- They represent additional rules placed on oil and gas companies to prove that the credit used to offset payments to foreign countries are indeed income tax payments and nothing else.
- Repeal of the rules generates revenue solely because it would impose double taxation on US based companies.
Domestic Manufacturer’s Deduction – Section 199
- A deduction (not a credit) equal to 9% of income earned from manufacturing, producing, growing or extracting in the United States, is available to every single taxpayer who qualifies in the U.S.
- The oil and gas industry, and only the oil and gas industry, is limited to a 6% deduction.
- The percentage depletion deduction is a cost recovery method that allows taxpayers to recover their lease investment in a mineral interest through a percentage of gross income from a well.
- This depletion method is not available to companies that produce oil as well as refine and market it – “Big Oil”.
- This is available to all extractive industries (gold, iron, clay, etc) in the US and is in no way unique to the oil and gas industry.
- Taxpayers that hold an inventory are required by law to track inventory costs – it is simply an accounting method and nothing else.
- Repealing LIFO deems a sale of inventory to occur and generating a significant tax gain. Therefore there is an assumed tax bill without any corresponding cash gain being generated.
Expensing of Tertiary Injectants
- Tertiary injectants refers to items injected into older reservoirs to help continue production.
- The cost of the injectants are expensed similar to materials and supplies because they are generally used up in the production process.
- Without this provision, it is unclear how such operating costs would be recovered. This could easily increase the costs of operating these older fields.
Geological and Geophysical Costs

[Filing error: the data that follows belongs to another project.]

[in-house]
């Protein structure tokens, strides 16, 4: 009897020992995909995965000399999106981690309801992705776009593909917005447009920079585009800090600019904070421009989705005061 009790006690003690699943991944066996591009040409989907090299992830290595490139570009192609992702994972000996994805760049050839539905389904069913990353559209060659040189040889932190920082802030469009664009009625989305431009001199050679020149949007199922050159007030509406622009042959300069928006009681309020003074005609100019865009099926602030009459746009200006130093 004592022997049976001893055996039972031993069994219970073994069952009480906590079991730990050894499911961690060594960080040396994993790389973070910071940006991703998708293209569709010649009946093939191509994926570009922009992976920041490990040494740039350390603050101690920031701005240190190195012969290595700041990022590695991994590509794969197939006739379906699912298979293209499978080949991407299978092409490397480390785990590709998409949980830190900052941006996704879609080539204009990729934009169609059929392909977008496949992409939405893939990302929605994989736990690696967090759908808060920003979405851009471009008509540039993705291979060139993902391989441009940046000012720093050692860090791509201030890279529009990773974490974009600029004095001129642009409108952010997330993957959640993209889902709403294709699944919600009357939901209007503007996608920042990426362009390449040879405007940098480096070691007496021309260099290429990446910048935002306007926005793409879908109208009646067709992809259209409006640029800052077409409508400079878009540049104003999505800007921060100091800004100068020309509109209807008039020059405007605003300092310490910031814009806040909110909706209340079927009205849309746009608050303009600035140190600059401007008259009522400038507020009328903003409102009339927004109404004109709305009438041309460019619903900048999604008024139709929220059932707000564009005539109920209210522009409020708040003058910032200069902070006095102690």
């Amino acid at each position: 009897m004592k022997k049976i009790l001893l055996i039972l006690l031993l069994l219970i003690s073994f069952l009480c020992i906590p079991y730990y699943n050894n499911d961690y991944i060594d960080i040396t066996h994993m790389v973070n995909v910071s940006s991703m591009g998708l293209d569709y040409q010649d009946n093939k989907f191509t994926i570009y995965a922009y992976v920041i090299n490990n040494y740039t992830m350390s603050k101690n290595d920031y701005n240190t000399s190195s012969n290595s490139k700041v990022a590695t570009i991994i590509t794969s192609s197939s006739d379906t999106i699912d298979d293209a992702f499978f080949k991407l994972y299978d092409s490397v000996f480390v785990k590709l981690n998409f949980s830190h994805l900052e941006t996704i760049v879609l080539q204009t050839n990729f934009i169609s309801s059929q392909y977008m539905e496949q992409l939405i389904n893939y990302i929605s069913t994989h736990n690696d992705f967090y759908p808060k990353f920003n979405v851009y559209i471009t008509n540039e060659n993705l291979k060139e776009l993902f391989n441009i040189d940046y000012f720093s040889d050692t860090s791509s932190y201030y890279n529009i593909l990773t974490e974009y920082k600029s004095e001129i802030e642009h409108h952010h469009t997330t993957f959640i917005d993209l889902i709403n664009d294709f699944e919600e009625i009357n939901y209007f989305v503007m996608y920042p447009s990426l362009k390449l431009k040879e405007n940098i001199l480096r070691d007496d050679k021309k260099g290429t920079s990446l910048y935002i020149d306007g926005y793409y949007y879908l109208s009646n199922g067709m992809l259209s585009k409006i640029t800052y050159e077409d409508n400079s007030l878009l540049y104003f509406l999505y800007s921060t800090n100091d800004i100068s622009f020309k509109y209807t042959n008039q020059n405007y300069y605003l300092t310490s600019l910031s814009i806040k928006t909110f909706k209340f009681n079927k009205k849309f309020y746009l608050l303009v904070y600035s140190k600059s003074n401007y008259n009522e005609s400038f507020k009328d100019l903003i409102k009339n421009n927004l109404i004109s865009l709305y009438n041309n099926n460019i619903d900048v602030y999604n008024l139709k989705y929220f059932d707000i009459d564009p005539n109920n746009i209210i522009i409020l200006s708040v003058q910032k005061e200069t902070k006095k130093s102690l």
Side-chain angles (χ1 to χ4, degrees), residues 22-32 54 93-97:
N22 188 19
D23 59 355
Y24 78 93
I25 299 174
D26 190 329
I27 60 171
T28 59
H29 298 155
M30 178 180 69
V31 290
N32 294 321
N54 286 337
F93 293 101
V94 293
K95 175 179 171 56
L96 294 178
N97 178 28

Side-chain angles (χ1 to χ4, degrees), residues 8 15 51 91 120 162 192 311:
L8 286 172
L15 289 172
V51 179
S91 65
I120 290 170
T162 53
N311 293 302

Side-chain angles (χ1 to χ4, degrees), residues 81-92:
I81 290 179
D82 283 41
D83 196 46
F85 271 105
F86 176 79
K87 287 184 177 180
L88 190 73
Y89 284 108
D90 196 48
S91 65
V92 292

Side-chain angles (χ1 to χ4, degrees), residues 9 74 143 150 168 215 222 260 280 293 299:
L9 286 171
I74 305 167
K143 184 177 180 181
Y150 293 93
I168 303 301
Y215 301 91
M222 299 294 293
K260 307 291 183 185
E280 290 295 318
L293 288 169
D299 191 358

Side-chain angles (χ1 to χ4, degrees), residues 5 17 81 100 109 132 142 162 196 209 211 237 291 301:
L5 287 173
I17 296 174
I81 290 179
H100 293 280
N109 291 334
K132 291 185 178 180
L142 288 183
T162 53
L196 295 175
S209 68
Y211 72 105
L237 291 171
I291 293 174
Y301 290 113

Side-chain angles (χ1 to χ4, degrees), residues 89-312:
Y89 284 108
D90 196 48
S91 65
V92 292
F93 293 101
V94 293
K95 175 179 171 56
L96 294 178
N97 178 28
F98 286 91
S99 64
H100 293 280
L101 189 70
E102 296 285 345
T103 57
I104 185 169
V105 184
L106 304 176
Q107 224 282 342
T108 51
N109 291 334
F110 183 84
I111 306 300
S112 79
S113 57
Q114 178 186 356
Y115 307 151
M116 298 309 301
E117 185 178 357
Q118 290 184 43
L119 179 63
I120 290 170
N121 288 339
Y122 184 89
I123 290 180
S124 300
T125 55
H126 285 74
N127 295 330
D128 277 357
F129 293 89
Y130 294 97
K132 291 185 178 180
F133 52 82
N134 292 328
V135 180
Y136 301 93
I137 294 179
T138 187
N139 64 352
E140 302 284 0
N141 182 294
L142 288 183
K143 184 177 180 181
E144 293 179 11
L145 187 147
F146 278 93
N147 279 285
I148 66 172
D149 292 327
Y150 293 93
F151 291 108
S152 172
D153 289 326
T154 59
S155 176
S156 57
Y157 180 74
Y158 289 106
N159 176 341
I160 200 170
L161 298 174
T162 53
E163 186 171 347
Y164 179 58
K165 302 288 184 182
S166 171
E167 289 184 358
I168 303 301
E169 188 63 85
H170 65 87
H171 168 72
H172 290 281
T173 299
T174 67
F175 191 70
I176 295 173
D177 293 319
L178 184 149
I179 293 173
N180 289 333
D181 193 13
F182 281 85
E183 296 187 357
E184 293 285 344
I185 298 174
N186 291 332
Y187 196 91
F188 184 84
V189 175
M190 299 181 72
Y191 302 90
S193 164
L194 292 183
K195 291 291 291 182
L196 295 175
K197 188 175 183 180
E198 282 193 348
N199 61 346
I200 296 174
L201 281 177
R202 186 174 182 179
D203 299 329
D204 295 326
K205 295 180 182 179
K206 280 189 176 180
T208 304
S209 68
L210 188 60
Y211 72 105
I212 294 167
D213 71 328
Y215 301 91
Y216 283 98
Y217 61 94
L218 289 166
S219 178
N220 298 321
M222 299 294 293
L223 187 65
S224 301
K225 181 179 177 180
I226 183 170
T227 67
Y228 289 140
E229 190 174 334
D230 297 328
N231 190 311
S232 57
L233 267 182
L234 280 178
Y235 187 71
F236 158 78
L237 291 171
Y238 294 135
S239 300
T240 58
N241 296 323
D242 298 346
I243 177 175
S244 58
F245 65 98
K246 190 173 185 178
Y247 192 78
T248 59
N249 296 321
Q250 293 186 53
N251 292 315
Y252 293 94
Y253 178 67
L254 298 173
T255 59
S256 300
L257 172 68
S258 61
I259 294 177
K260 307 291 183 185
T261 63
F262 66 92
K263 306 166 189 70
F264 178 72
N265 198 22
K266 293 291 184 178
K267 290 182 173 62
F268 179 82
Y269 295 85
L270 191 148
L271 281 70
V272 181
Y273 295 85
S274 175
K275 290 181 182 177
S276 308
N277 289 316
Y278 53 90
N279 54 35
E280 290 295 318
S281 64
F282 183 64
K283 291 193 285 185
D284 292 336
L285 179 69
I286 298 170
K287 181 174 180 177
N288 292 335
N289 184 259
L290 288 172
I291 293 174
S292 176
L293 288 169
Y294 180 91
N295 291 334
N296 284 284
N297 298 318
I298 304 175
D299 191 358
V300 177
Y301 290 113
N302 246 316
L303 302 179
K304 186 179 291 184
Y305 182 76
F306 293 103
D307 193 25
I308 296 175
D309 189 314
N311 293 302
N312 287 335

- G&G costs are the expenses associated with exploring for oil and gas.
- Currently, independent producers are allowed to recover domestic G&G costs over two years, and the proposal would increase that period to seven.
- “Big Oil” is not impacted, as the largest integrated oil companies already recover the costs over 7 years.
EOR and Marginal Well Credits
- These tax credits are designed to support continued domestic oil production when oil prices are so low that it may otherwise be un-economical. The credit phase out when the price of oil is above a certain amount
- These credits have not been applicable for taxpayers in the oil and gas industry for years, and in order to be even the least bit useful, the price of a barrel of oil must be at $42 (EOR credit) or $27 (marginal well).
As you read through the above, you’ll find that in a few instances “big oil” is actually penalized already for being “big oil.” They are not treated equally when it comes to other industries. How is that in any way fair? How does that keep the cost of energy as low as possible?
How does Obama’s desire to eliminate “subsidies” for “big oil” keep the cost of energy low? Oh yeah, never mind … he’s totally cool with energy prices “necessarily” skyrocketing.
If you prefer to be serious about the situation, let’s put some effort forward to simplify the tax code.
What say you? Comments welcome below.
Note: I’ve realized our team here at RVO has used the term “subsidy” in the past when it comes to other subjects including ethanol, and personally I’ll commit to using the word more carefully in the future. That said, at some point a business expense really does become a taxpayer-funded subsidy, who can tell me when that is?